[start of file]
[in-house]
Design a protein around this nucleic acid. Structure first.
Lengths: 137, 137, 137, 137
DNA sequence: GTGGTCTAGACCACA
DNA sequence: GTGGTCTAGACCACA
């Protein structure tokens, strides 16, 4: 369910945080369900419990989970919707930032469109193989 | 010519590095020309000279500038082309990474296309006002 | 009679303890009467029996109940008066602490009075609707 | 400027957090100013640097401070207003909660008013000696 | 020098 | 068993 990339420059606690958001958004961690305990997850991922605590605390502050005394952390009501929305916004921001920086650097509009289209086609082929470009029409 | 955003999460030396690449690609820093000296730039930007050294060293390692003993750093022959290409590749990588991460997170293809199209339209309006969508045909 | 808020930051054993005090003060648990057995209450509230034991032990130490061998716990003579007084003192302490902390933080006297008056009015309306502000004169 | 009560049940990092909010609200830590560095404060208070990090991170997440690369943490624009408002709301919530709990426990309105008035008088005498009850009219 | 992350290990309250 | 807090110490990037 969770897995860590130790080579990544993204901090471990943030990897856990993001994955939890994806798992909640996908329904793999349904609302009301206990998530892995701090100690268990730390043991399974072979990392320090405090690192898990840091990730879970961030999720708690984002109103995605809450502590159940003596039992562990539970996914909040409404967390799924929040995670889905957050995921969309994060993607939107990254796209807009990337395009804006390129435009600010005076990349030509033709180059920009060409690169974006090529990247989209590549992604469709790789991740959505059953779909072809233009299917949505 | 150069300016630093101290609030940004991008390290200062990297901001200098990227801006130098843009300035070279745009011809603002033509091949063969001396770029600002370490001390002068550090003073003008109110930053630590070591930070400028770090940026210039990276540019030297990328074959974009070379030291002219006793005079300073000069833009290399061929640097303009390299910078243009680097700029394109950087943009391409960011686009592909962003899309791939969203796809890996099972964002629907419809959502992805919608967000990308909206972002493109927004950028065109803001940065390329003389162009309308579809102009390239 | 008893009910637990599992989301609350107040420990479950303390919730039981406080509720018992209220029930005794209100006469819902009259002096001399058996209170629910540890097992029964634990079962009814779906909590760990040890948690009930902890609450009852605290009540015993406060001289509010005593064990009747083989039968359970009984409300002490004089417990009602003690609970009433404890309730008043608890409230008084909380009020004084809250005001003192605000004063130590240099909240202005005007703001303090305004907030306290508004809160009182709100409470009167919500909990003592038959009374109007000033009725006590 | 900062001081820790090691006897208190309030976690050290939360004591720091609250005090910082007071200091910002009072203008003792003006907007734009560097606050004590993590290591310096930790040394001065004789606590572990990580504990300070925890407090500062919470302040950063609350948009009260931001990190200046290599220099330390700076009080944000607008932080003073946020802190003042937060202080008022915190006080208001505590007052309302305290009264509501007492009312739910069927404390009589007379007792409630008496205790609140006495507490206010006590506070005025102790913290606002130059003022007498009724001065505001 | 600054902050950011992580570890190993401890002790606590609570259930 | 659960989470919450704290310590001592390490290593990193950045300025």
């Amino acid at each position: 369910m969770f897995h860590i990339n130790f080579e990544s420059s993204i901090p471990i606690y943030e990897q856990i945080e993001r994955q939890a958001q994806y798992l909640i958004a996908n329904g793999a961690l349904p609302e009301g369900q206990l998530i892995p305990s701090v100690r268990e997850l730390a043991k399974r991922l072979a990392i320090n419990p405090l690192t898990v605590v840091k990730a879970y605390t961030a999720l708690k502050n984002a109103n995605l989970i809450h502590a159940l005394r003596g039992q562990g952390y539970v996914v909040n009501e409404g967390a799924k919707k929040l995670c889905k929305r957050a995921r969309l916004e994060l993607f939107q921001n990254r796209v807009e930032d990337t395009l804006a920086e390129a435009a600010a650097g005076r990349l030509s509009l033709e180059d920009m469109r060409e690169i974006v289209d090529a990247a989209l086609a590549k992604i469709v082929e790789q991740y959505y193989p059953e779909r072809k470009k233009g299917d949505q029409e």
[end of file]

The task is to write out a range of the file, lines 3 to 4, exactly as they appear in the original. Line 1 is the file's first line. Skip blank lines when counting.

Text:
Lengths: 137, 137, 137, 137
DNA sequence: GTGGTCTAGACCACA